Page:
From the NY Post:
One decade after the biggest housing collapse in America’s history led to a global recession, could we be facing another crisis?
“Not happening,” says Burns, adding that the 2007 housing crash “was based on lending practices which have since been cleaned up.”
Many industry experts agree. The subprime mortgages that targeted borrowers with less-than-perfect credit and led to financial turmoil 10 years ago do not play a role in today’s real estate market.
“When you talk about a bubble, you think of people being really exhilarated and excited and prices going way up. We don’t see that now,” says Annie Cion Gruenberger, who has been a New York City broker with Warburg Reality for 28 years. “We have a very positive market, but a targeted market of smart buyers.”
So what do high price tags and low supply mean, if not economic catastrophe?”
The 2007 collapse spooked home builders so much, they didn’t want to build anything but high-end properties. That drove up house prices and made it harder for people to buy starter homes.
Meanwhile, the market was split into two halves: places such as Las Vegas, where development was overstretched and unsustainable, and which is still struggling to bounce back; and places such as Portland, Ore., and Silicon Valley, where NIMBY regulations limit how much construction can happen, meaning fewer homes available to buy. As a result, there’s a real lack of housing where the jobs are.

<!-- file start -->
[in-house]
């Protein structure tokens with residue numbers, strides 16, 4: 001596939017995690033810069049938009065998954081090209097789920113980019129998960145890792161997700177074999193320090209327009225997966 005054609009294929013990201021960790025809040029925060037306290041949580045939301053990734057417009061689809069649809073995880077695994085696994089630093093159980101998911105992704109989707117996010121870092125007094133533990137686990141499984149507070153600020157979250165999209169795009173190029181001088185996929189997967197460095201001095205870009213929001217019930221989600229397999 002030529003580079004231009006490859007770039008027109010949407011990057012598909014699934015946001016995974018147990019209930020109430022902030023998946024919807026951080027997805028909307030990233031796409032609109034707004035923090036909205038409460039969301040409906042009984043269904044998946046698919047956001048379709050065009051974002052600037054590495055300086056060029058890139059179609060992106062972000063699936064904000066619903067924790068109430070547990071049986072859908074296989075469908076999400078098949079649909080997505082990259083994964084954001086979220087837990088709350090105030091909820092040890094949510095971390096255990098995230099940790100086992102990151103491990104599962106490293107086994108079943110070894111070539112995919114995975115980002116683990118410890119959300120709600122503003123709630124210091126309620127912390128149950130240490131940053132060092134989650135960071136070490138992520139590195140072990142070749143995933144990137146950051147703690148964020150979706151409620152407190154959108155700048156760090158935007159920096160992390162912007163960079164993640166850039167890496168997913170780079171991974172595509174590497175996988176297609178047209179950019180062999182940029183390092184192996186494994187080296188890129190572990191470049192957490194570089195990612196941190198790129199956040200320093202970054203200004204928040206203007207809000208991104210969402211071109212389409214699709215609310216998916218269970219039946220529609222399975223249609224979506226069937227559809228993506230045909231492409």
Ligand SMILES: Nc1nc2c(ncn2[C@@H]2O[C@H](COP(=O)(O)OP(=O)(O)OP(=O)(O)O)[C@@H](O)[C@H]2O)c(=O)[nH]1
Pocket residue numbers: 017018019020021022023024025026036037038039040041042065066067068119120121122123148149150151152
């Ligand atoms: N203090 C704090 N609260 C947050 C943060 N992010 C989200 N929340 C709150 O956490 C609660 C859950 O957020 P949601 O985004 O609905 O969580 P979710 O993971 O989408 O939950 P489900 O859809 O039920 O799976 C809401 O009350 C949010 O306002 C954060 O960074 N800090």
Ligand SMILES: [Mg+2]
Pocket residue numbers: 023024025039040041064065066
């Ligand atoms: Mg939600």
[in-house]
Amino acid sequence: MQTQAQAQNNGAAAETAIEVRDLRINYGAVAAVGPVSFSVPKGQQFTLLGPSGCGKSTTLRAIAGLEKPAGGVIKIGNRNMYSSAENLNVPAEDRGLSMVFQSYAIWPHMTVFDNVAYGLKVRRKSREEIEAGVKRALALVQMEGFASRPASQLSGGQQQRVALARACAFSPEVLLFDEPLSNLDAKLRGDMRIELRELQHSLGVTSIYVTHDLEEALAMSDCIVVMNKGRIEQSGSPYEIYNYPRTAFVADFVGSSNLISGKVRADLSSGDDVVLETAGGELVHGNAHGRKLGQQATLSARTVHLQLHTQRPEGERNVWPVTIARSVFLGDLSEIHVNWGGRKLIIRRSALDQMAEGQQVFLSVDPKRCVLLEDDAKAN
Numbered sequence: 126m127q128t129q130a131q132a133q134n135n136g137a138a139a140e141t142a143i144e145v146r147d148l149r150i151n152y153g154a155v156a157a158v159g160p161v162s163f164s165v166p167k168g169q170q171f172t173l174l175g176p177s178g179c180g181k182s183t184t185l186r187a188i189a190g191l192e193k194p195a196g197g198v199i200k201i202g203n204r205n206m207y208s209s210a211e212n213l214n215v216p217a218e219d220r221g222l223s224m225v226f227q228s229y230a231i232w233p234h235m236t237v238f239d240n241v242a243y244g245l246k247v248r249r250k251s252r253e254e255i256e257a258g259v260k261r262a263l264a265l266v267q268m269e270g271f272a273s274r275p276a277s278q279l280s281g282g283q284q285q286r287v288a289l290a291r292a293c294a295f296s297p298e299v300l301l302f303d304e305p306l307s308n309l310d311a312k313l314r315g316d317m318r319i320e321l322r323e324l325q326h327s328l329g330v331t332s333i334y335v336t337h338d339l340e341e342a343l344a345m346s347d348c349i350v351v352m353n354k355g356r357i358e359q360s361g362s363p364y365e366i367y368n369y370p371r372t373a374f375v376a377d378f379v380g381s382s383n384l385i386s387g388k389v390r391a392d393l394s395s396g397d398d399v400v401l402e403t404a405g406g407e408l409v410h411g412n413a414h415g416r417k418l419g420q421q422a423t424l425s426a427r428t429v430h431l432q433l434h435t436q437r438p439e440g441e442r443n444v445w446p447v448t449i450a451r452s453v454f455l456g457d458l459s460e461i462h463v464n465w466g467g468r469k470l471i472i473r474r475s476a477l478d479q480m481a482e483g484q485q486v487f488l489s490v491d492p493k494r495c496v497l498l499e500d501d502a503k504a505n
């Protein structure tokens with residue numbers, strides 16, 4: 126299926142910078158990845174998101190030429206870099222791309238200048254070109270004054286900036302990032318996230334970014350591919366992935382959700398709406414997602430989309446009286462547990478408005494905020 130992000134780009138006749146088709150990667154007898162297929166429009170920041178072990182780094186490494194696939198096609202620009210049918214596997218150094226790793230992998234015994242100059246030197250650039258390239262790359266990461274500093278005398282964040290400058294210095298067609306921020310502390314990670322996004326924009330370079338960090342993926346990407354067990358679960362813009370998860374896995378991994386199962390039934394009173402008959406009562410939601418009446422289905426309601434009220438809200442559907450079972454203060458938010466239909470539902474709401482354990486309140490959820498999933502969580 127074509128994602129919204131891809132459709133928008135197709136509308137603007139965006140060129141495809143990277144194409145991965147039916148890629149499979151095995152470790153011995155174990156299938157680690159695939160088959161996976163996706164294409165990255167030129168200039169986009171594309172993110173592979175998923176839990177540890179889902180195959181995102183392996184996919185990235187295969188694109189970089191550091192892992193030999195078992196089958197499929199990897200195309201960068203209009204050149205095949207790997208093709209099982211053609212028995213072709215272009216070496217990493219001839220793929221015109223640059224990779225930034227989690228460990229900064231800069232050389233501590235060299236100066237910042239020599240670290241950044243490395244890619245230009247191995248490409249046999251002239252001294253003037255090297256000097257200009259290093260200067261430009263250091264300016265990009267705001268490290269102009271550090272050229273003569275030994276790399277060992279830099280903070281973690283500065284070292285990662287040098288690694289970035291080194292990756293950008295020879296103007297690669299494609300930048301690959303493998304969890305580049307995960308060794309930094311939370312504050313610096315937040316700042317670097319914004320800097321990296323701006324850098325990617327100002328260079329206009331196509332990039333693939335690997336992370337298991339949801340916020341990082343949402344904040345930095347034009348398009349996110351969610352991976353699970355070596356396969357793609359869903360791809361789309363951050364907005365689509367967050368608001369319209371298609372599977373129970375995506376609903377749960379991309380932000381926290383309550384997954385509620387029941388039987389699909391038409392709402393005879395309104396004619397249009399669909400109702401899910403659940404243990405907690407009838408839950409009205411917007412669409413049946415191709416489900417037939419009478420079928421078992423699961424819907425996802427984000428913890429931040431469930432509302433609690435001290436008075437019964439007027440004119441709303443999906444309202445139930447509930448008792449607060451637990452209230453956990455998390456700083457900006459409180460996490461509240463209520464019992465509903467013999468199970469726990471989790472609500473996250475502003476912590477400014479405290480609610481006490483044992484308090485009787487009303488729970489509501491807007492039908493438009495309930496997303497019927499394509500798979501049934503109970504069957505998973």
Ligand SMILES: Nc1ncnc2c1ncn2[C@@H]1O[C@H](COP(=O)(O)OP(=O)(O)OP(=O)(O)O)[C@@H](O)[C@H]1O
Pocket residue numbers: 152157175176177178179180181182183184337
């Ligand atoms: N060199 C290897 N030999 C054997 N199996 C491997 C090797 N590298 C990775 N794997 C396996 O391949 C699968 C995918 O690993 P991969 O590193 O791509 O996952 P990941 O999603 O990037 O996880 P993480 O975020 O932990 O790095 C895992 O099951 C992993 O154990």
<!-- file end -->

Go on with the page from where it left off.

NAR’s Fears points to a number of trends: First, homeowners are staying in place longer, limiting the number of existing homes for sale. Low unemployment rates are keeping them from leaving town in search of work. High home prices are inspiring them to remodel rather than relocate within their communities, if they want a different kind of house. First-time buyers who can afford it might buy a home that can accommodate two kids instead of one, precluding a move a couple years after their purchase. Grandparents are staying put to live near their kids, rather than flying off to retirement far away.
In March, William Poole, a senior fellow at the Cato Institute, wrote a column for cnn.com, pointing to concerns about the country’s two biggest mortgage lenders, Fannie Mae and Freddie Mac. “In Freddie’s 2016 Annual Report, the agency says 36 percent of its obligations are ‘credit enhanced,’ meaning they carry mortgage insurance of one sort or another, which is typically used for weaker mortgages,” Poole wrote. “If these weak subprime mortgages begin to fail in large numbers, so also will the insuring companies.”
Jonathan Miller, a real estate analyst at Miller Samuel, is unmoved by such arguments. He says the average buyer today has an average credit score “well above 700. They are some of the highest average credit scores in history.” He added that any subprime failures would be offset by the quality of most American borrowers being “unusually high.”